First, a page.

A week ago, a selection of Irish bloggers gathered in a sturdy old building once home to the Provost’s horse at Trinity College Dublin. I am glad to report that this Blogging the Humanities event, which I attended as a representative of History Compass Exchanges, proved most worthwhile. Credit is due to those responsible for this initiative, the team behind Pue’s Occurrences.
So, what do bloggers talk about when they get together?
The symposium brought together bloggers and interested parties from inside and outside of academia to hear and engage with nine short presentations. This ensured a variety of perspectives on why people blog and what they hope to achieve by doing so. Some of the speakers write to promote the place where they work. Others are influenced by their political convictions. We also learned how blogs also offer an opportunity for academic voices to try to influence government policies. A useful overview of some of the issues discussed has been compiled by one of the participants, Professor Rob Kitchin. It is available at his remarkably successful blog, Ireland after NAMA.
As a young historian, some of the issues raised were more pertinent than others. For example, we considered the place of blogging versus more conventional publication methods. Should we post material that could be published in a journal on our blogs instead? Can blog content enhance your chances of getting an academic job? Does the format have academic credibility, or should we focus instead on preparing our work for highly-ranked conventional journals? How might you use your blog to promote your other research publications?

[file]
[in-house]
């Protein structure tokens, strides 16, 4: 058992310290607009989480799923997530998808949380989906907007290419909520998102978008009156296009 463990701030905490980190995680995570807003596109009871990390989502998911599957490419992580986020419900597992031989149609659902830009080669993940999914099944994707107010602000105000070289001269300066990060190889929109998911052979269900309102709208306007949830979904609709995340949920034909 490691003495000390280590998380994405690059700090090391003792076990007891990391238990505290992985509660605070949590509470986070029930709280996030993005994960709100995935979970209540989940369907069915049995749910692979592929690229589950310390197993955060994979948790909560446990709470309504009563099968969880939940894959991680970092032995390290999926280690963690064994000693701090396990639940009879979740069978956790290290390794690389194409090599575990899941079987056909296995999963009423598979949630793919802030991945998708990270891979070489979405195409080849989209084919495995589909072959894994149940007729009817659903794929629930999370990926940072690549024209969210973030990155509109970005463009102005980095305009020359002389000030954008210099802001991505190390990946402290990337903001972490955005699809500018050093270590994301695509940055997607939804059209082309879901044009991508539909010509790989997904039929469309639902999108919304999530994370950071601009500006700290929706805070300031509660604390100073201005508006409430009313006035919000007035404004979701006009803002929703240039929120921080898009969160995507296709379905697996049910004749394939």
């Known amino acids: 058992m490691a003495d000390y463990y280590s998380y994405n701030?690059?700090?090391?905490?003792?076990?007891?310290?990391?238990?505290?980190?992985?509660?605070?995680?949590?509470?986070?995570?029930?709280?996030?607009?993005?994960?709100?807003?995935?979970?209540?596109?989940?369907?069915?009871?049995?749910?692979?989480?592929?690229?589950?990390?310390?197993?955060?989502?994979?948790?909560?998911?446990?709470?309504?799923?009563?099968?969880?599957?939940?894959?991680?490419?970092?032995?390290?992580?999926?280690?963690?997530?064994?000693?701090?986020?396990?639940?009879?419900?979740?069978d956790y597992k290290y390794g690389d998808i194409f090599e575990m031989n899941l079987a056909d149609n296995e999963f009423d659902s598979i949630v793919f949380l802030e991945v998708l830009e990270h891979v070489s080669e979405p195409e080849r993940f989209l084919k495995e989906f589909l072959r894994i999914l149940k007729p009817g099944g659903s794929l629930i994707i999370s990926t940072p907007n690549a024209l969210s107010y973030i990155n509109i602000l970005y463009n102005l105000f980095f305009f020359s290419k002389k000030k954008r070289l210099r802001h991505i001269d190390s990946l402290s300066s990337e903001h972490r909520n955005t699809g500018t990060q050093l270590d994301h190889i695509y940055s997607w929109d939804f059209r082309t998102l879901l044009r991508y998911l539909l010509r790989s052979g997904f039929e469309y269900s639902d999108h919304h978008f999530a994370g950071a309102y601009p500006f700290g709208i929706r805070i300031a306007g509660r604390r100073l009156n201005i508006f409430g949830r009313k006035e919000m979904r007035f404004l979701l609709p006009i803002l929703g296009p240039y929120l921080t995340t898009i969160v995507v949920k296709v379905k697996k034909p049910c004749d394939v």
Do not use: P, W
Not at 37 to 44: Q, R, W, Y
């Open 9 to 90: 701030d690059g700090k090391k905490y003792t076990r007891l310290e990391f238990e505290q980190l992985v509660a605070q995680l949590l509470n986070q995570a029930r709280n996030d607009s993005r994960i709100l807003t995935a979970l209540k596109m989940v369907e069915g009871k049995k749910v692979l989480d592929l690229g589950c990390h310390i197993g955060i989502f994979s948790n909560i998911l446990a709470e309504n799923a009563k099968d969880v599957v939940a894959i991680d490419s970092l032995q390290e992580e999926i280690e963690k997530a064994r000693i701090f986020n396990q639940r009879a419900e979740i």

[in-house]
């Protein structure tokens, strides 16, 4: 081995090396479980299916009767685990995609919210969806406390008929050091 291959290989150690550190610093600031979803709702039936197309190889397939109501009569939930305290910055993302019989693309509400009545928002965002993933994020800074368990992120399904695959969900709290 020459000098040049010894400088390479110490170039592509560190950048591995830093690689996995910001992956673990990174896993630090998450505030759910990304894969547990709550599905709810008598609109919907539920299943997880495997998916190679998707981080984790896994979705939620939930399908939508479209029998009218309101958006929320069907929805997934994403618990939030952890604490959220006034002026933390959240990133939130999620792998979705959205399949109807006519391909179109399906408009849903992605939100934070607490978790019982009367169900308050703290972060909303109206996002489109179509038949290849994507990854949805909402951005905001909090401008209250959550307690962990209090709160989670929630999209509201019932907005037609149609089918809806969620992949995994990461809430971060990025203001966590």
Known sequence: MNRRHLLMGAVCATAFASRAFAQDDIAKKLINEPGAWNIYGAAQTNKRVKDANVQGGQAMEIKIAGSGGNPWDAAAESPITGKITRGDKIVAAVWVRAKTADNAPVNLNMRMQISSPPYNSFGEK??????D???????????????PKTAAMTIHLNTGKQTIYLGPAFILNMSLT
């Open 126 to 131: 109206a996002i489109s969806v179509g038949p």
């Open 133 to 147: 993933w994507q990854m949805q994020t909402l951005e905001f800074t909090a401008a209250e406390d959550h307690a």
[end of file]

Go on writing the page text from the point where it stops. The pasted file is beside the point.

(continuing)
This is just a narrow sample of some of the questions discussed. It appears that the answers depend to some extent on what career stage a person is at. Established academics might well disseminate important new research through the medium of the blog, but they have usually gotten to where they now are by exploiting more traditional publication methods. To what extent can less experienced and less published scholars use a blog to develop a reputation for serious research? What are the risks involved? How can they attract their target readership to a new format?
In the course of our discussions, plenty of positive points emerged. For example, it was agreed that the opportunity to write more informally and footnote free can be somewhat liberating, as well as actually contributing to the development of writing style.
Following the success of the symposium on Blogging the Humanities, the people at Pue’s Occurrences are keen to harness the momentum that now exists for greater exploration of the relevant issues. I am sure they would welcome all suggestions for how this might be done. There is enormous potential for new collaborations, fresh insights, and greater critical analysis of what it is we do, or think we do, or think we think, when we blog.
Alternative perspectives on the Symposium can be found at the other participating blogs:
Tags: Academic Conference, Blogging the Humanities, communication, digital humanities, historical research, History Compass, History Compass Exchanges, humanities, Ireland, methodology, Popular Culture, Popular History, publishing, Pue's Occurrences, Trinity College Dublin